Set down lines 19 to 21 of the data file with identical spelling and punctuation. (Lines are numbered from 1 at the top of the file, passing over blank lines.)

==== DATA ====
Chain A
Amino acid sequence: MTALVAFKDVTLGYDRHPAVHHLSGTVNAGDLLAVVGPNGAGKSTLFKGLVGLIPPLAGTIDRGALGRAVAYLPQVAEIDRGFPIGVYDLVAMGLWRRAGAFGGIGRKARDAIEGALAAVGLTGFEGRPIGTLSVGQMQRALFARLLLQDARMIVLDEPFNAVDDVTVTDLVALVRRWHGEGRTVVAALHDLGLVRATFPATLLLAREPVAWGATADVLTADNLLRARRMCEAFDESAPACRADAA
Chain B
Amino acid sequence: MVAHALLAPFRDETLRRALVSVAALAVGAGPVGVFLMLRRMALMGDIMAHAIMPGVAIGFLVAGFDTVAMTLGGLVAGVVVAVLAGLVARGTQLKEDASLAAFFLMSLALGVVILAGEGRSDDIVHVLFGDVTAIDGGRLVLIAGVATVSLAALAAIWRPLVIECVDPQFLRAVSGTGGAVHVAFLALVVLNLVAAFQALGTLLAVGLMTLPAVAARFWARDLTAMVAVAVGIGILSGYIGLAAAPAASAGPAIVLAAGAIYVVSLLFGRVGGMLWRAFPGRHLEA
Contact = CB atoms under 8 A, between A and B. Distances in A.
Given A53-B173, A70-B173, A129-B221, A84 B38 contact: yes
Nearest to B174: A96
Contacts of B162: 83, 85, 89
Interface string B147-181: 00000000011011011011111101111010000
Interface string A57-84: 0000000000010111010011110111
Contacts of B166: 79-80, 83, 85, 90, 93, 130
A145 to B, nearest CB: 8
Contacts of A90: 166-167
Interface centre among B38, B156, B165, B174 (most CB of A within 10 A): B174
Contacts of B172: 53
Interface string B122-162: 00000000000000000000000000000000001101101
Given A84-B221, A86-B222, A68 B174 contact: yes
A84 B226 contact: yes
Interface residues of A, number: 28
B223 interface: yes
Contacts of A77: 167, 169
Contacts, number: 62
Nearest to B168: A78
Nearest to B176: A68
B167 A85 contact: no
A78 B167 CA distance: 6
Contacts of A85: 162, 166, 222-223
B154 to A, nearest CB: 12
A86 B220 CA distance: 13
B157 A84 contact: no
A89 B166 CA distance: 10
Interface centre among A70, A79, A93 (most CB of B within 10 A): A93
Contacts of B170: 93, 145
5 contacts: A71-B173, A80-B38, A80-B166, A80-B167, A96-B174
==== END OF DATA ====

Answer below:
Interface residues of A, number: 28
B223 interface: yes
Contacts of A77: 167, 169